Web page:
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You Can Prevent Forest Fires...At What Cost?

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Nevelyn Black's picture
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Nevelyn Black is an independent writer with a background in broadcast and a keen interest in renewable energy.  In the last few years, she transitioned from celebrity interviews and film shoots...

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  • Mar 29, 2022

Customers are upset about rate hikes and unsatisfied with wildfire mitigation plans.  “Everyone [is] just one paycheck away from being under the bridge somewhere,” Sacramento resident Le Anthony King said.  It’s not rare for new systems, vegetation management, improved safety measures and rate increases to go hand-in-hand.  However, ratepayers are questioning who should cover the costs and whether California utilities are doing enough.  “We need to strike a balance ensuring utilities making investments necessary to support safety and reliability while getting costs under control,” Susanne Casazza, the chief of staff for CPUC Commissioner John Reynolds said. 

Pacific Gas & Electric (PG&E), which paid $5 billion in penalties for poorly maintained power lines that caused wildfires, spent nearly $4.9 billion last year to prevent wildfires.  This year, amidst record-breaking drought conditions, it plans to raise its wildfire safety budget to almost $6 billion. PG&E spokesperson Lynsey Paulo said the company’s latest wildfire mitigation plan significantly accelerates “the undergrounding of powerlines in high fire-risk areas…”  Burying power lines "is a one-time investment that results in the highest level of risk reduction for catastrophic fires, significant reduction to the likelihood of (power shut-off) events, improved overall utility reliability, compliments other ongoing wildfire mitigation efforts, and results in fewer trees being trimmed or cut down on a yearly basis," PG&E's statement read. The company said it has installed more than 1,300 weather stations in high risk areas since 2019, as well as 153 high-definition cameras.  PG&E also implemented a new system that instantly shuts off power when equipment comes into contact with trees, animals or other elements that could start a fire.  PG&E says the new system prevented a slew of blazes last year, and argues that if it had been in effect earlier it would have kept the Dixie fire from starting.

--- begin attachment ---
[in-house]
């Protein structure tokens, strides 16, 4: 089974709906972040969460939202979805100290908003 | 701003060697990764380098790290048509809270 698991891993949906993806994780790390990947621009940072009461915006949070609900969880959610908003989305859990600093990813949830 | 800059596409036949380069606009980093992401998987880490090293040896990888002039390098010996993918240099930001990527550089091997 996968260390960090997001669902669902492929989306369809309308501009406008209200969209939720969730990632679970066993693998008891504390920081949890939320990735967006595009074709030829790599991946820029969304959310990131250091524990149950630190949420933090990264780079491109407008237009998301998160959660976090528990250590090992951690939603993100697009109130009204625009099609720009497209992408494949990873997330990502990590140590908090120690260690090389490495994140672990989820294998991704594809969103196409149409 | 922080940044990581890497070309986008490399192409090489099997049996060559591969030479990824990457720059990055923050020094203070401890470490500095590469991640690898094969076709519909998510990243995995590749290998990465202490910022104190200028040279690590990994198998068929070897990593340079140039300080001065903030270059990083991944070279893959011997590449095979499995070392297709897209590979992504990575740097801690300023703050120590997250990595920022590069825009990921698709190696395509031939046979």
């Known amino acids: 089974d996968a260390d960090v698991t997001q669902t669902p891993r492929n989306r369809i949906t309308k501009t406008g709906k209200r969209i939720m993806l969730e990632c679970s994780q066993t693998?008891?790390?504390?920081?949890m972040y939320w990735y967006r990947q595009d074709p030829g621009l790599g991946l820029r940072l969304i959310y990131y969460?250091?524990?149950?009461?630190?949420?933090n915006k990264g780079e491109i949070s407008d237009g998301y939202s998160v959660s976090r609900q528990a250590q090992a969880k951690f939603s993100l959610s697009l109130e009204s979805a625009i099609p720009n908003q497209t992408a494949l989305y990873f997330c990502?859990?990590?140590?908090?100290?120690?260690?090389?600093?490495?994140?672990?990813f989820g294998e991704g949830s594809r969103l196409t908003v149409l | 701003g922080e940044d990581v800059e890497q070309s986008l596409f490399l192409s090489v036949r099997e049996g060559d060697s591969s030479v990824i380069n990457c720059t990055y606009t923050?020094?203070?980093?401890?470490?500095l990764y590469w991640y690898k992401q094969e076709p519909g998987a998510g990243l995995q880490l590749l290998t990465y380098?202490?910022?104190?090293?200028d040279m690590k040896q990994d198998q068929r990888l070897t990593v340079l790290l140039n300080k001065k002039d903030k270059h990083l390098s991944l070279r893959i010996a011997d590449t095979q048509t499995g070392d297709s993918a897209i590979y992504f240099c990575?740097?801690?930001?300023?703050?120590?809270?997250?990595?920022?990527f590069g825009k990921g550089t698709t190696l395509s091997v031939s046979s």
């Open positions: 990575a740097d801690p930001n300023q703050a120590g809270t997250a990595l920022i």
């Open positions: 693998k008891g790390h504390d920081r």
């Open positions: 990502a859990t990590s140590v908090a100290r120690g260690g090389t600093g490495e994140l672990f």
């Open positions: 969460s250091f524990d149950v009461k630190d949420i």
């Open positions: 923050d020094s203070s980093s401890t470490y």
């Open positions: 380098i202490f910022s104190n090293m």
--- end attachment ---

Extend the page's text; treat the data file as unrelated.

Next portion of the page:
While everyone isn’t in favor of power shut-offs, all agree burying lines will reduce wildfires.  However, environmental groups want stricter rules and immediate results.

“Given the nightmarish wildfires that have become part of normal life in recent years, California taxpayers would be right to ask if they’re paying for utility watchdogs or lap dogs at the CPUC,” said Ken Cook, president of the Environmental Working Group.

Calif. Sen. Mike McGuire is pushing legislation that would require the California Public Utilities Commission (CPUC) to develop a program to expedite the burial of transmission lines.  PG&E executives have launched a program to bury 10,000 miles of power lines within 10 years but  McGuire's bill would make it mandatory and force utilities to use federal infrastructure dollars before tapping ratepayer funds.

California utilities reported they had replaced or upgraded equipment on 1,540 miles of lines in 2020. This was a significant accomplishment but according to the California State Auditor’s report, there are 40,000 miles of bare power lines in high fire-risk areas in the state.  With summer around the corner, who should cover the costs to complete this extensive work?


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